Annotation file / assembled transcripts evaluation (GFF)#

You have RNA-Seq reads and are running an RNA-Seq analysis pipeline. You have performed quality control, aligned the reads to the genome, and assembled the alignments into transcripts. Now, you have obtained a GFF or GTF file generated by a transcriptome assembler. The next question you want to address is the quality of these assembled transcripts.

A common approach in the pipeline involves using gffcompare to compare the assembled transcripts with a reference annotation file, such as RefSeq, Gencode, or CHESS. However, this method assumes the correctness of the annotation file and evaluates how closely our assembled transcripts align with the annotations.

It is important to acknowledge that annotation files can contain misannotations and noise. Even the most meticulously curated human annotations are not exempt from errors. Moreover, there are even more errors in other species' annotation files.


We provide a new approach to evaluate transcripts by counting how many bad splice junctions are in a transcript!

You can run Splam on (1) annotation files or (2) assembled transcripts. Splam outputs the score of every donor and acceptor site. By using these scores,

  1. You can get an overview of the quality of all introns (splice junctions) inside your annotation file.

  2. You can assess each transcript by checking how many bad splice junctions a transcript has, which can be a good filtering criteria for assembled transcripts.

  3. There are more potential usages to be explored!

Step 1: Preparing your input files#

The first step is to prepare three files for Splam analysis. In this tutorial, we will be using a toy dataset.

Input files

  1. An annotation file in GFF or GTF format [example file: refseq_110_GRCh38_chr_fixed.gff].

  2. A reference genome in FASTA format [example file: chr9_subset.fa].

  3. The Splam model, which you can find it here:

Step 2: Extracting introns in your annotation file#

In this step, you take an annotation file (1) and run

splam extract refseq_40_GRCh38.p14_chr_fixed.gff -o tmp_out_annotation

Splam uses gffutils to extract introns from all transcripts. It starts by creating an sqlite3 database and then iterates through all exons in the GFF file and writes intron coordinates into a BED file.

By default, the BED is written into tmp_out/junction.bed. The BED file consists of six columns: CHROM, START, END, JUNC_NAME, INTRON_NUM, and STRAND. Here are a few entries from the BED file:

Output: junction.bed

1chr9    4849549 4860125 JUNC00000007    3       +
2chr9    5923308 5924658 JUNC00000008    6       -
3chr9    5924844 5929044 JUNC00000009    8       -

Here are some optional arguments:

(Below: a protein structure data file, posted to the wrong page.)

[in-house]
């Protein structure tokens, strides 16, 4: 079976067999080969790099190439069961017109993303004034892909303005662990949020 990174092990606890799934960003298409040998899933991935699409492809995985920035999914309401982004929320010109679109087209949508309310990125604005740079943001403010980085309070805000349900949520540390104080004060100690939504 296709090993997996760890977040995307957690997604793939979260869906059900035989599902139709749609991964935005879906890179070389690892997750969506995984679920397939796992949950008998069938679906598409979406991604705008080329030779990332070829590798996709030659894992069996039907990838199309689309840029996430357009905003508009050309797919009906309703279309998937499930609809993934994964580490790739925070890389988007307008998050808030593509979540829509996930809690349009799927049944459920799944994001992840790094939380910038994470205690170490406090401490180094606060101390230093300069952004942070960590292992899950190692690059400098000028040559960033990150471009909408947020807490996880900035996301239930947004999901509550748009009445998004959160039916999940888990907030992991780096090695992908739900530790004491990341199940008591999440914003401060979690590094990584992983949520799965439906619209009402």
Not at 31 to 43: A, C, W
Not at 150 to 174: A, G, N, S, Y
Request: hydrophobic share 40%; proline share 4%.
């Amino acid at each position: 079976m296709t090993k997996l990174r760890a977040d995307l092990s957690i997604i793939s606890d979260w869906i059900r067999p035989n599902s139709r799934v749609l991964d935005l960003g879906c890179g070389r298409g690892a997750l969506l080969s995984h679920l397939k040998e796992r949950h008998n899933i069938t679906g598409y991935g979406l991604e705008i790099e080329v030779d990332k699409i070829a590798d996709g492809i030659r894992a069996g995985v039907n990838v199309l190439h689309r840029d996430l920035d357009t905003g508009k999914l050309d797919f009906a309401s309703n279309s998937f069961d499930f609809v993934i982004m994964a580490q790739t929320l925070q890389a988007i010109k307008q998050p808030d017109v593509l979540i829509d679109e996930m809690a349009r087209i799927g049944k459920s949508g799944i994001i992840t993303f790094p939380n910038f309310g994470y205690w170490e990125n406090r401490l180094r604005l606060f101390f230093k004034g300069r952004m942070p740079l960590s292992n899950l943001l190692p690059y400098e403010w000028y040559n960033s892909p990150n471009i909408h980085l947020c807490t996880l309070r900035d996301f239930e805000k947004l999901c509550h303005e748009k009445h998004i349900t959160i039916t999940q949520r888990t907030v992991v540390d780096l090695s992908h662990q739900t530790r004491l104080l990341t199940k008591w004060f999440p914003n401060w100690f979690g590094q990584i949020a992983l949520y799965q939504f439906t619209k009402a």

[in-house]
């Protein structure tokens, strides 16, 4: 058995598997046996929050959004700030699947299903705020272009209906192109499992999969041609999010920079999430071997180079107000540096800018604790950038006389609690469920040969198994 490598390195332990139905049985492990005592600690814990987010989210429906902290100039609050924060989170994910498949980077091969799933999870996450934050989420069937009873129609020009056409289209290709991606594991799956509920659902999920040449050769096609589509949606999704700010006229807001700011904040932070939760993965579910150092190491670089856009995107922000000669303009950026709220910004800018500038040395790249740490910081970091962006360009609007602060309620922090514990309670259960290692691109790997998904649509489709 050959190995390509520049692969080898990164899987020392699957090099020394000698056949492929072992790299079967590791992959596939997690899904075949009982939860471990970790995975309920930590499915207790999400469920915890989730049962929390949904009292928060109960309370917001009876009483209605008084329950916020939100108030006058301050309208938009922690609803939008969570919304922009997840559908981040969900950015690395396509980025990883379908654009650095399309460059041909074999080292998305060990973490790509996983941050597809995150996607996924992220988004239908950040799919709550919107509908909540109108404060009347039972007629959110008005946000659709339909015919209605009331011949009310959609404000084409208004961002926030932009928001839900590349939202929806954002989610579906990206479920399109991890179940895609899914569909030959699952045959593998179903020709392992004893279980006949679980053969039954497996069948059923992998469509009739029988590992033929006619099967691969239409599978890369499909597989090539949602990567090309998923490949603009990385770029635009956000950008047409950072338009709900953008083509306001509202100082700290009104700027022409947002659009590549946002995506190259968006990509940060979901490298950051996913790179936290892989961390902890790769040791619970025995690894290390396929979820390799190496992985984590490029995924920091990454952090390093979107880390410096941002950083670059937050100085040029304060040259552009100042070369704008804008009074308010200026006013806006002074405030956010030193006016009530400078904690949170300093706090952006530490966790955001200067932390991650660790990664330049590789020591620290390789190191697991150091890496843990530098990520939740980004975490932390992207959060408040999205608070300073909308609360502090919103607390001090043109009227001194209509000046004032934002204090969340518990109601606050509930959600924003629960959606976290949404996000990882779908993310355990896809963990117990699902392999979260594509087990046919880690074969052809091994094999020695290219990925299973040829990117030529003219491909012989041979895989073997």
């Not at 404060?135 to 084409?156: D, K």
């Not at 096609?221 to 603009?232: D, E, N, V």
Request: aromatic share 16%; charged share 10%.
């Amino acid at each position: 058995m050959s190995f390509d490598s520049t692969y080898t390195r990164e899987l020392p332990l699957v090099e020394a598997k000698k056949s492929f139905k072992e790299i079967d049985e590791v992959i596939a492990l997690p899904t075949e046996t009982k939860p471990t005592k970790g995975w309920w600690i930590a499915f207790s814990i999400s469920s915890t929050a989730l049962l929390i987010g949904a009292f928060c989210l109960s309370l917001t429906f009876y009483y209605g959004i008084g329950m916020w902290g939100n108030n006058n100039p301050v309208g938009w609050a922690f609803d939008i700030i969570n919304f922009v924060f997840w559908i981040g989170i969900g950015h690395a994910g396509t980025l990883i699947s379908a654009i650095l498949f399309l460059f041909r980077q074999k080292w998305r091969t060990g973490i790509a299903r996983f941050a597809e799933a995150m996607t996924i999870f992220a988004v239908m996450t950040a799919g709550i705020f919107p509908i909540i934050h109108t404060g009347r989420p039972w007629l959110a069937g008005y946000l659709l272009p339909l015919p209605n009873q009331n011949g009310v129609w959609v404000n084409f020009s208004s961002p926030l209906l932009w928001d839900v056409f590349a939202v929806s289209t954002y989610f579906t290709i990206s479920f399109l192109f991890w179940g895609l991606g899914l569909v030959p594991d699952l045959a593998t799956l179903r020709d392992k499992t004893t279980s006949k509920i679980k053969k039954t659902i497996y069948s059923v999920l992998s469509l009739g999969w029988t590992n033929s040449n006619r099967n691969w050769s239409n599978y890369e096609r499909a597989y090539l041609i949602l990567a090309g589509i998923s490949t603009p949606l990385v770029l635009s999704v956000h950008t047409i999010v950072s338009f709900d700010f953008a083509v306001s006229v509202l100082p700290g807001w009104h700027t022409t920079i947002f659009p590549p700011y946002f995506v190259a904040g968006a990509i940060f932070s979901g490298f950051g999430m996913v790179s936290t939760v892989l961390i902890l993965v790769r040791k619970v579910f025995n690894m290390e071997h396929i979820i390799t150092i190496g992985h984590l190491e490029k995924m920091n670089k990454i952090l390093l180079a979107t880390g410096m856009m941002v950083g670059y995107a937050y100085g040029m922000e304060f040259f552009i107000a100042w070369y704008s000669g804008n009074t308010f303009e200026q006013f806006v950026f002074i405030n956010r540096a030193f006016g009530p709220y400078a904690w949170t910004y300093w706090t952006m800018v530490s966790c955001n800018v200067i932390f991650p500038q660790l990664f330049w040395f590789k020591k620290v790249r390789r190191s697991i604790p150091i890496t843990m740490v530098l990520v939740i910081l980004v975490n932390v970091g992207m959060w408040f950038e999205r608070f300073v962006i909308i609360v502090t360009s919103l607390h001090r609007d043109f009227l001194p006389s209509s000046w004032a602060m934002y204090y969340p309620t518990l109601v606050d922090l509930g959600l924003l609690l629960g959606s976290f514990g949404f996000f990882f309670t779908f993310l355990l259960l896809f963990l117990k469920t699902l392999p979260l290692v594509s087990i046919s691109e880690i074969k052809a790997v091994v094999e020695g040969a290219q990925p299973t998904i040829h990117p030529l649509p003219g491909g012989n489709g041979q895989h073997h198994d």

Step 3: Scoring extracted introns#

In this step, the goal is to score all the extracted splice junctions. To accomplish this, you will need 3 essential files. (1) The BED file that was generated in Step 2, (2) the reference genome (2) which shares coordinates with the junction BED file, and (3) the Splam model (3). Once you have these files in place, you can run the following command:

splam score -G chr9_subset.fa -m ../model/ -o tmp_out_annotation tmp_out_annotation/junction.bed

In this step, a new BED file is produced, featuring eight columns. Two extra columns, namely DONOR_SCORE and ACCEPTOR_SCORE, are appended to the file. It is worth noting that any unstranded introns are excluded from the output. (P.S. They might be from unstranded transcripts assembled by StringTie).

Output: junction_score.bed

1chr9    4849549 4860125 JUNC00000007    3       +       0.7723698       0.5370769
2chr9    5923308 5924658 JUNC00000008    6       -       0.9999831       0.9999958
3chr9    5924844 5929044 JUNC00000009    8       -       0.9999883       0.9999949

Here are the required arguments:

Here are some optional arguments:

Step 4: Evaluating isoforms by Splam scores#

To summarize the quality of each isoform, users can run Splam to count how many spurious splice junctions are in each transcript.

splam clean -o tmp_out_annotation -t 0.8

Output: cleaned.gff

The output file of this step is a sorted Splam-cleaned GFF file. You can replace the original GFF file with the cleaned GFF file. Also, reference the report.tsv for a list of transcripts, and their ratio and number of spurious/removed junctions.

Splam score threshold suggestion

For evaluating the accuracy of GFF annotation files, we advise using a stricter score threshold of 0.8.

Here are some optional arguments:

What's next?#

Congratulations! You have finished this tutorial.

See also